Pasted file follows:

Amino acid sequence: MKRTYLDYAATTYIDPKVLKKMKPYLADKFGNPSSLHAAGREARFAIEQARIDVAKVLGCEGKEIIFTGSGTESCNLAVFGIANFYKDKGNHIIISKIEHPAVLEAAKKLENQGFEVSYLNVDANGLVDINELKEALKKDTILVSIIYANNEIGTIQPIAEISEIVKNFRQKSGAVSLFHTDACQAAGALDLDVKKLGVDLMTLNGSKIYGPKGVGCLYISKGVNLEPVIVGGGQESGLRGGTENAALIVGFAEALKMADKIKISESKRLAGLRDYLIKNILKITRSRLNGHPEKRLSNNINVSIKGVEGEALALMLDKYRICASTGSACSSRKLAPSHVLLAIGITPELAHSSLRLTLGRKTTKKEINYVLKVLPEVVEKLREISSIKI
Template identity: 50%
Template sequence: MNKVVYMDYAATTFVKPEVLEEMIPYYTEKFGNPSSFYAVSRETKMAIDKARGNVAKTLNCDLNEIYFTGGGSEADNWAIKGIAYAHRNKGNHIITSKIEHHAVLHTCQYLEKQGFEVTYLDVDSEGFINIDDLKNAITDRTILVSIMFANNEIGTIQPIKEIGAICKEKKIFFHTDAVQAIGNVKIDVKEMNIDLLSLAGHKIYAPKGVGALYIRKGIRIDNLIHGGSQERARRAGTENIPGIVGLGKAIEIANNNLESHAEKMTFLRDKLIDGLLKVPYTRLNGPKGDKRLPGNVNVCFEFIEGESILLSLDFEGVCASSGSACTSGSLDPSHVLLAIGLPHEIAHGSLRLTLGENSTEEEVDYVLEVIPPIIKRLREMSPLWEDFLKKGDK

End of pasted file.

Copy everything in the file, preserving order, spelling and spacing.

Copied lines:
Amino acid sequence: MKRTYLDYAATTYIDPKVLKKMKPYLADKFGNPSSLHAAGREARFAIEQARIDVAKVLGCEGKEIIFTGSGTESCNLAVFGIANFYKDKGNHIIISKIEHPAVLEAAKKLENQGFEVSYLNVDANGLVDINELKEALKKDTILVSIIYANNEIGTIQPIAEISEIVKNFRQKSGAVSLFHTDACQAAGALDLDVKKLGVDLMTLNGSKIYGPKGVGCLYISKGVNLEPVIVGGGQESGLRGGTENAALIVGFAEALKMADKIKISESKRLAGLRDYLIKNILKITRSRLNGHPEKRLSNNINVSIKGVEGEALALMLDKYRICASTGSACSSRKLAPSHVLLAIGITPELAHSSLRLTLGRKTTKKEINYVLKVLPEVVEKLREISSIKI
Template identity: 50%
Template sequence: MNKVVYMDYAATTFVKPEVLEEMIPYYTEKFGNPSSFYAVSRETKMAIDKARGNVAKTLNCDLNEIYFTGGGSEADNWAIKGIAYAHRNKGNHIITSKIEHHAVLHTCQYLEKQGFEVTYLDVDSEGFINIDDLKNAITDRTILVSIMFANNEIGTIQPIKEIGAICKEKKIFFHTDAVQAIGNVKIDVKEMNIDLLSLAGHKIYAPKGVGALYIRKGIRIDNLIHGGSQERARRAGTENIPGIVGLGKAIEIANNNLESHAEKMTFLRDKLIDGLLKVPYTRLNGPKGDKRLPGNVNVCFEFIEGESILLSLDFEGVCASSGSACTSGSLDPSHVLLAIGLPHEIAHGSLRLTLGENSTEEEVDYVLEVIPPIIKRLREMSPLWEDFLKKGDK